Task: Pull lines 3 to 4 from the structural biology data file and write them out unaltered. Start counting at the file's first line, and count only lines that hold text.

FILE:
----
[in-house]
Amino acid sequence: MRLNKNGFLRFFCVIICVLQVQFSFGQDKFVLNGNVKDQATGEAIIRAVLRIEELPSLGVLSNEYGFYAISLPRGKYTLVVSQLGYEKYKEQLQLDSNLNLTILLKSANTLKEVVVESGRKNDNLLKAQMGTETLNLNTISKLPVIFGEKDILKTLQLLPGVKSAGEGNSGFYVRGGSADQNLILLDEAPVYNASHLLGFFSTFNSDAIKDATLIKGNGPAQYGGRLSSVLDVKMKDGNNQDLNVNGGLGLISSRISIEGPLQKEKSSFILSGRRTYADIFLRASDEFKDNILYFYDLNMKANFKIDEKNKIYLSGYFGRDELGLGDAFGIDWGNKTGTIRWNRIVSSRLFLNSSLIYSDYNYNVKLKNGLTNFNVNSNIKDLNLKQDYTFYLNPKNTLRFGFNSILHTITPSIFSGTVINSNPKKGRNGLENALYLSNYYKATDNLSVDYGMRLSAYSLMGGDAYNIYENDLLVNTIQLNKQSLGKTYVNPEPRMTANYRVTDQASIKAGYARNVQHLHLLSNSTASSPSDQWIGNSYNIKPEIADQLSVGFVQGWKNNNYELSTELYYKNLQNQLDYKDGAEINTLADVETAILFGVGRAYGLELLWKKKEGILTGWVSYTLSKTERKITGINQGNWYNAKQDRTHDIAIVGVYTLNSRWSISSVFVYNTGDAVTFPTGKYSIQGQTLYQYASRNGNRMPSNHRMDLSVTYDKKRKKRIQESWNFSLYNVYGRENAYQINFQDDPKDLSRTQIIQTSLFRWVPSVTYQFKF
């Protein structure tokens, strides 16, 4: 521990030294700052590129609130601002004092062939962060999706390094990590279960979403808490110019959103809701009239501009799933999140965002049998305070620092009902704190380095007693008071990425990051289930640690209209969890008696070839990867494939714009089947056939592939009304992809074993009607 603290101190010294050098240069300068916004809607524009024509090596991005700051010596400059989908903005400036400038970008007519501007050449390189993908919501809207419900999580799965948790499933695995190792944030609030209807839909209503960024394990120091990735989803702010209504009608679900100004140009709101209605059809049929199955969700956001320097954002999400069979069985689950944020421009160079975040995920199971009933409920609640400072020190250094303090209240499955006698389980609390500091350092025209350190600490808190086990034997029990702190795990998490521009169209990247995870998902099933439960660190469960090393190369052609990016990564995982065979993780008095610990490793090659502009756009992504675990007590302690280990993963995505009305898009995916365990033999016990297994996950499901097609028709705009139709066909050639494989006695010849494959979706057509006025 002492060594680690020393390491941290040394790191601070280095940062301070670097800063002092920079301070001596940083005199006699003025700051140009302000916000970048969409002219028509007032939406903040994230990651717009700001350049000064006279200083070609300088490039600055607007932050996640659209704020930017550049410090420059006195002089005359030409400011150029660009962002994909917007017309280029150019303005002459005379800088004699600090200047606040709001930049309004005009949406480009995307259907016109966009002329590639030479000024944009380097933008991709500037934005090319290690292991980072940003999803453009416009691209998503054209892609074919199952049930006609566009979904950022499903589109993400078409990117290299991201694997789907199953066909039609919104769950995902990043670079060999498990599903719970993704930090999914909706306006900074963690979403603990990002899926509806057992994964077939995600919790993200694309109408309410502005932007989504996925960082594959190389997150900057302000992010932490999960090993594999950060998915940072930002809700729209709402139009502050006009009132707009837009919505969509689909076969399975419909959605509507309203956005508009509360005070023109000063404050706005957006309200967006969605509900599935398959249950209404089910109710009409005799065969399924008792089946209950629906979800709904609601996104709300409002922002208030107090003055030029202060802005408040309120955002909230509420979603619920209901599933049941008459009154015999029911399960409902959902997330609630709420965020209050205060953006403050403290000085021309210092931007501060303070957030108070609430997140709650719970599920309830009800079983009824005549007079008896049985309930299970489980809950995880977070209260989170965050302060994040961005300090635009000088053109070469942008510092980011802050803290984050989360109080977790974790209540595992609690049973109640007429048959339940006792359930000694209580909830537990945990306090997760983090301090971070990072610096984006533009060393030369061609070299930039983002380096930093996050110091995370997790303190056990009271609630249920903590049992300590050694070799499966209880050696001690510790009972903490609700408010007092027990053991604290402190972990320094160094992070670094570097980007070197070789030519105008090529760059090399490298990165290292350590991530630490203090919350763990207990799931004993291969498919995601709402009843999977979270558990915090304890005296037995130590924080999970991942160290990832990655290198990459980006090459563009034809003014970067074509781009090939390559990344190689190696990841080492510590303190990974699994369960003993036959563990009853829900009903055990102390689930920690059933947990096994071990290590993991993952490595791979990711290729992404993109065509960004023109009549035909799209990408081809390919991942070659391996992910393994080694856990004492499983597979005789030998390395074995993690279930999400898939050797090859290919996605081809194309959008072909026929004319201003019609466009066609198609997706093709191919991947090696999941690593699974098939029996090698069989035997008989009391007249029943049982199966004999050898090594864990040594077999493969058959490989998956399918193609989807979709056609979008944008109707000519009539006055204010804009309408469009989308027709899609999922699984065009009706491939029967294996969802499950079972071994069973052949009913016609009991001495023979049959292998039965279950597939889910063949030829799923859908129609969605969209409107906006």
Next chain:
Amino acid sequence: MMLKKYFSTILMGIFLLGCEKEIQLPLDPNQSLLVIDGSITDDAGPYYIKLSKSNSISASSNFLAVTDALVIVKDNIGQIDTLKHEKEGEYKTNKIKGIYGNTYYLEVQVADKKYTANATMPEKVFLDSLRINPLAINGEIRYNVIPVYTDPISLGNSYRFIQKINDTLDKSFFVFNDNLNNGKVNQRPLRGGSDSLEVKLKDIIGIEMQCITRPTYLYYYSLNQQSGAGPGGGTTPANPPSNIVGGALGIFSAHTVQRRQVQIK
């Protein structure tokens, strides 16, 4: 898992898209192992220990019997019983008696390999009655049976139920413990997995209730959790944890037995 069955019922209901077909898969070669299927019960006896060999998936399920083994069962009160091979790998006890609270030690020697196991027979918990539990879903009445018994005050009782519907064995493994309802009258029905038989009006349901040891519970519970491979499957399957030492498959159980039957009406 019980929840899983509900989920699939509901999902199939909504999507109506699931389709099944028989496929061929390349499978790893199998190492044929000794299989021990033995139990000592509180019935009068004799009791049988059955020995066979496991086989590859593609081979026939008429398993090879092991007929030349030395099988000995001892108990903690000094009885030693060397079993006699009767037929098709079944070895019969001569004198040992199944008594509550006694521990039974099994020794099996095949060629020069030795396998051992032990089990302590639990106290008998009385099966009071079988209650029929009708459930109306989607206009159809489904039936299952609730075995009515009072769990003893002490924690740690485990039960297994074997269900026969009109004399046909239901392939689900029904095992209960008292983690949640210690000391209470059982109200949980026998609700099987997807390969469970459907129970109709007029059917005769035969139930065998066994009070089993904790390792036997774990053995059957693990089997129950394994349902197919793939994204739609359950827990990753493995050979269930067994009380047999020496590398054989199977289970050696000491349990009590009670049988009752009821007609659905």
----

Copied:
């Protein structure tokens, strides 16, 4: 521990030294700052590129609130601002004092062939962060999706390094990590279960979403808490110019959103809701009239501009799933999140965002049998305070620092009902704190380095007693008071990425990051289930640690209209969890008696070839990867494939714009089947056939592939009304992809074993009607 603290101190010294050098240069300068916004809607524009024509090596991005700051010596400059989908903005400036400038970008007519501007050449390189993908919501809207419900999580799965948790499933695995190792944030609030209807839909209503960024394990120091990735989803702010209504009608679900100004140009709101209605059809049929199955969700956001320097954002999400069979069985689950944020421009160079975040995920199971009933409920609640400072020190250094303090209240499955006698389980609390500091350092025209350190600490808190086990034997029990702190795990998490521009169209990247995870998902099933439960660190469960090393190369052609990016990564995982065979993780008095610990490793090659502009756009992504675990007590302690280990993963995505009305898009995916365990033999016990297994996950499901097609028709705009139709066909050639494989006695010849494959979706057509006025 002492060594680690020393390491941290040394790191601070280095940062301070670097800063002092920079301070001596940083005199006699003025700051140009302000916000970048969409002219028509007032939406903040994230990651717009700001350049000064006279200083070609300088490039600055607007932050996640659209704020930017550049410090420059006195002089005359030409400011150029660009962002994909917007017309280029150019303005002459005379800088004699600090200047606040709001930049309004005009949406480009995307259907016109966009002329590639030479000024944009380097933008991709500037934005090319290690292991980072940003999803453009416009691209998503054209892609074919199952049930006609566009979904950022499903589109993400078409990117290299991201694997789907199953066909039609919104769950995902990043670079060999498990599903719970993704930090999914909706306006900074963690979403603990990002899926509806057992994964077939995600919790993200694309109408309410502005932007989504996925960082594959190389997150900057302000992010932490999960090993594999950060998915940072930002809700729209709402139009502050006009009132707009837009919505969509689909076969399975419909959605509507309203956005508009509360005070023109000063404050706005957006309200967006969605509900599935398959249950209404089910109710009409005799065969399924008792089946209950629906979800709904609601996104709300409002922002208030107090003055030029202060802005408040309120955002909230509420979603619920209901599933049941008459009154015999029911399960409902959902997330609630709420965020209050205060953006403050403290000085021309210092931007501060303070957030108070609430997140709650719970599920309830009800079983009824005549007079008896049985309930299970489980809950995880977070209260989170965050302060994040961005300090635009000088053109070469942008510092980011802050803290984050989360109080977790974790209540595992609690049973109640007429048959339940006792359930000694209580909830537990945990306090997760983090301090971070990072610096984006533009060393030369061609070299930039983002380096930093996050110091995370997790303190056990009271609630249920903590049992300590050694070799499966209880050696001690510790009972903490609700408010007092027990053991604290402190972990320094160094992070670094570097980007070197070789030519105008090529760059090399490298990165290292350590991530630490203090919350763990207990799931004993291969498919995601709402009843999977979270558990915090304890005296037995130590924080999970991942160290990832990655290198990459980006090459563009034809003014970067074509781009090939390559990344190689190696990841080492510590303190990974699994369960003993036959563990009853829900009903055990102390689930920690059933947990096994071990290590993991993952490595791979990711290729992404993109065509960004023109009549035909799209990408081809390919991942070659391996992910393994080694856990004492499983597979005789030998390395074995993690279930999400898939050797090859290919996605081809194309959008072909026929004319201003019609466009066609198609997706093709191919991947090696999941690593699974098939029996090698069989035997008989009391007249029943049982199966004999050898090594864990040594077999493969058959490989998956399918193609989807979709056609979008944008109707000519009539006055204010804009309408469009989308027709899609999922699984065009009706491939029967294996969802499950079972071994069973052949009913016609009991001495023979049959292998039965279950597939889910063949030829799923859908129609969605969209409107906006």
Next chain: